Gallstones are a common condition that affects approximately 10 to 15 percent of Americans, or nearly 25 million people. Although gallstones might be common, they can lead to severe complications if left untreated. Typically, they make themselves known by causing significant pain in the upper right portion of your abdomen. Most people have heard of gallstones, but they aren’t entirely clear on what these tiny, dense stones are, why they form, or what they do. In this brief article, we’ll answer the titular question — what are gallstones?
If you have been diagnosed with gallstones or you suspect that you are suffering from cholelithiasis, consult Whalen Clark, M.D., the best gastrointestinal surgeon in Tampa, to learn about your treatment options. Dr. Clark utilizes the latest in minimally invasive, robotic-assisted surgery techniques to treat patients while reducing discomfort and recovery times.
Two Types of Gallstones
There are two primary types of gallstones — cholesterol stones and pigment stones. Cholesterol stones are more common, accounting for approximately 75 percent of gallstones. They are typically identified by their yellow-green color. The second type of gallstone is known as a pigment stone and it is characterized by its dark pigment, which is the result of built up bilirubin, a substance created when red blood cells are broken down. These two types of gallstones can obstruct bile ducts, which can lead to a painful condition known as a gallbladder attack or biliary colic.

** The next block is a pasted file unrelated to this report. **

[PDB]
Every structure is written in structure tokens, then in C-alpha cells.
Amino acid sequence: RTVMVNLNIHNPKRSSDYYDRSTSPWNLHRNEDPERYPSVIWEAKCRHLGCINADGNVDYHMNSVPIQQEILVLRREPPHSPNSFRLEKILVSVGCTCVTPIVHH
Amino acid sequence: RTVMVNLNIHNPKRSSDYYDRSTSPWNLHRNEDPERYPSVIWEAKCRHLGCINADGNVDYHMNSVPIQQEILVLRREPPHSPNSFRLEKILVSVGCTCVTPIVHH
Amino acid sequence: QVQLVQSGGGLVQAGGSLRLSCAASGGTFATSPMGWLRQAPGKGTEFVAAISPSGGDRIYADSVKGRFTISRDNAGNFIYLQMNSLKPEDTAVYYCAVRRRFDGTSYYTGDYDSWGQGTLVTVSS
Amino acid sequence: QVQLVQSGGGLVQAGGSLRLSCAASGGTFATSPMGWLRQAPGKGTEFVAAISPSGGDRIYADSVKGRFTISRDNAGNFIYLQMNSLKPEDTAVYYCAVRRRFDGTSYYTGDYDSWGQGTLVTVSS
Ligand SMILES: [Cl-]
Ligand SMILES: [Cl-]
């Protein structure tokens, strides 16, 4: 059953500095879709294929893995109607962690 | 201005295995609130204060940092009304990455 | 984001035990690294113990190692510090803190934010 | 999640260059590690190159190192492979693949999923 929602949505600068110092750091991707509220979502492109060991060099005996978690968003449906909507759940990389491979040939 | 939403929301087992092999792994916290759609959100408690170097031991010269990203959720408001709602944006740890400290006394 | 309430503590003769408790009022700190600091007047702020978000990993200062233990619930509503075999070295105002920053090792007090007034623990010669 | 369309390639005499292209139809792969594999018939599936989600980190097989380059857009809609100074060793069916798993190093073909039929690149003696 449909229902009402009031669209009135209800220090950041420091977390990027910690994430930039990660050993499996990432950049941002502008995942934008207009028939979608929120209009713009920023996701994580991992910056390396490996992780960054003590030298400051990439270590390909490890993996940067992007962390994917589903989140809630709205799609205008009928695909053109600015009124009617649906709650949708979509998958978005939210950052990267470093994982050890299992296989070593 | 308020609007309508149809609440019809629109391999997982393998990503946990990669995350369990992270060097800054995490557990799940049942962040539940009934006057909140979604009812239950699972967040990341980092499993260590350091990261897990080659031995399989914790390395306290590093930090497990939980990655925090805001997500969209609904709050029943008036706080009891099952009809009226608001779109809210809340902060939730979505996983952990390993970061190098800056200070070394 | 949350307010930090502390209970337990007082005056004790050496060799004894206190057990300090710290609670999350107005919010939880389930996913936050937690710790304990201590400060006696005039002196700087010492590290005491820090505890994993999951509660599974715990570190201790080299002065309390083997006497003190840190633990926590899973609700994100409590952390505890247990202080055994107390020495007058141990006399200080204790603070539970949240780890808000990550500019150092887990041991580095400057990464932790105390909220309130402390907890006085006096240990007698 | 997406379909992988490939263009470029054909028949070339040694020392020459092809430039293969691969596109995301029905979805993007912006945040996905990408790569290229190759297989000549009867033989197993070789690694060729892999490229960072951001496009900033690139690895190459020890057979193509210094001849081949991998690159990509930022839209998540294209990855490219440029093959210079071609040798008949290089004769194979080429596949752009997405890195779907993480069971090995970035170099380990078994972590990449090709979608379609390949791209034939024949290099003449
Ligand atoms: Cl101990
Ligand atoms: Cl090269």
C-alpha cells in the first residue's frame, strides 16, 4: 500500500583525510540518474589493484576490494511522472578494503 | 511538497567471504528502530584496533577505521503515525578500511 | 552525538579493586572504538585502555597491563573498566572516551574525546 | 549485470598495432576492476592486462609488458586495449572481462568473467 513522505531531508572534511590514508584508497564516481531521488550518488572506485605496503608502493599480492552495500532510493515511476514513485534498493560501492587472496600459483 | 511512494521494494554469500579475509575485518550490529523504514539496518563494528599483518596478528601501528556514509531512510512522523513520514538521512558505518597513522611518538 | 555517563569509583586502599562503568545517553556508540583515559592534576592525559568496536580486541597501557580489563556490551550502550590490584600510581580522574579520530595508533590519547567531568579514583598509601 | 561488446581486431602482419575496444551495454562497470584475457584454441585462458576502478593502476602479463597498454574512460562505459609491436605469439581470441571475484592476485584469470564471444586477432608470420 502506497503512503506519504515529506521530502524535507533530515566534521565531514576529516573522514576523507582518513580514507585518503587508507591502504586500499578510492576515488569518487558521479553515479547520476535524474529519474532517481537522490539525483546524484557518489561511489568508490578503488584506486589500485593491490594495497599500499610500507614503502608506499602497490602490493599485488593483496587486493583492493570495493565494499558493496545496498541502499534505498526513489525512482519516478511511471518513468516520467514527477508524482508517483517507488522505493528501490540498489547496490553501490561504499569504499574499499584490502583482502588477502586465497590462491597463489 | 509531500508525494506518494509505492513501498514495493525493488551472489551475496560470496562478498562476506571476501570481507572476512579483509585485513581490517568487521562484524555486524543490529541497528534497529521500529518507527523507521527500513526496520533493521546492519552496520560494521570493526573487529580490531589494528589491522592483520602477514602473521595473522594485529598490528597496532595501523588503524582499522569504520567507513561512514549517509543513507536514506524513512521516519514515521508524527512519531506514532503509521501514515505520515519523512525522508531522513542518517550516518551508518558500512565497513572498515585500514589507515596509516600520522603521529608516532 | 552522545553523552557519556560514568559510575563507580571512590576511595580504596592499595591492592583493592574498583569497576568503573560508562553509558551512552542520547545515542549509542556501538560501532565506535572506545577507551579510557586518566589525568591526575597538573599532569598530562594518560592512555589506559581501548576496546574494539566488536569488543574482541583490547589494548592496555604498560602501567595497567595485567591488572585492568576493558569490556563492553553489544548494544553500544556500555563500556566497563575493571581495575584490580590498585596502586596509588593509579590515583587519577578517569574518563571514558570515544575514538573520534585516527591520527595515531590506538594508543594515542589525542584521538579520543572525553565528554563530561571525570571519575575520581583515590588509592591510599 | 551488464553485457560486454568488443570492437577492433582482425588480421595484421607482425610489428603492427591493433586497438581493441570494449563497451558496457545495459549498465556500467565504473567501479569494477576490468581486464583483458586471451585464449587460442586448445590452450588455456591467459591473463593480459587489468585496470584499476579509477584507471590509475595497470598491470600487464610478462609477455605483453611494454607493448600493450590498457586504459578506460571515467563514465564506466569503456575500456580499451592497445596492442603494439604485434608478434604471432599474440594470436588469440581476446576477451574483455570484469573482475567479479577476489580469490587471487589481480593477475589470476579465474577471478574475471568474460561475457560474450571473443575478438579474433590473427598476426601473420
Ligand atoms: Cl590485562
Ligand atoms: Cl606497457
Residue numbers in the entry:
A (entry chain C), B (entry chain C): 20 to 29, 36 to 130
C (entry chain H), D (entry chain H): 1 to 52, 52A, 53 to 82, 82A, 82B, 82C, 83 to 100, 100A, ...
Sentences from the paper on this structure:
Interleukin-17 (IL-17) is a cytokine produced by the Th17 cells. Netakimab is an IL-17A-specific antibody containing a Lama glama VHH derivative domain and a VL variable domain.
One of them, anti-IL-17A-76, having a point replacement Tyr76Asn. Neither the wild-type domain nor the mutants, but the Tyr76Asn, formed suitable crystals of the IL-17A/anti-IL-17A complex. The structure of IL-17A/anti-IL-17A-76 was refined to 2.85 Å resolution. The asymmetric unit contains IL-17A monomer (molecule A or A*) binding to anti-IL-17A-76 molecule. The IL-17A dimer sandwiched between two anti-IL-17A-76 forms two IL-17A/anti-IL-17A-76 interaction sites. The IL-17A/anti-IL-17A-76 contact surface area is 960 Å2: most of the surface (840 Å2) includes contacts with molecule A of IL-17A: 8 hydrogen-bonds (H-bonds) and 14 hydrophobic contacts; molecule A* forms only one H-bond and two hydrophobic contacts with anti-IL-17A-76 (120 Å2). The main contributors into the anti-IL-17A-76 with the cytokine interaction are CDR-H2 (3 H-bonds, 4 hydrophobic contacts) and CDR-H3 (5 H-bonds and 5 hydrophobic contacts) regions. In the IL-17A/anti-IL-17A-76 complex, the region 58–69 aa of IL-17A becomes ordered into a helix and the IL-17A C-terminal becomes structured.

Who Is at Risk?
Not all people have the same chance of developing gallstones. Generally, women are more likely to be diagnosed with gallstones than men. This is due to an excess of estrogen in women’s bodies commonly resulting from pregnancy, hormone replacement therapy, or birth control pills. As you grow older, your chances of developing gallstones also increases. Family history can also play a role in the production of gallstones. In the United States, American Indians experience a heightened proclivity to develop gallstones as a result of unique gene characteristics. Mexican Americans are also prone to gallstones.
Existing health conditions can also increase the likelihood of a person developing gallstones. Some examples include cirrhosis, infections in the bile ducts, hemolytic anemia, Crohn’s disease, elevated triglyceride levels, diabetes, and more. Finally, people who are obese, have undergone weight-loss surgery, or whose diets consist of high levels of calories and refined carbohydrates and low fiber are at a higher risk of being diagnosed with gallstones.
Preventing and Overcoming Gallstones
Embracing a healthy diet is one of the most effective methods for preventing gallstones. Pain medications, intravenous fluids, fasting, and antibiotics are some common treatment options if your gallbladder becomes inflamed as a result of gallstones. When gallstones become problematic or potentially fatal, a cholecystectomy can be used to remove the gallbladder, thus eliminating the gallstones. This procedure can be performed with the help of robotic-assisted surgical systems that greatly reduce scarring, pain, and complications while simultaneously speeding up recovery.
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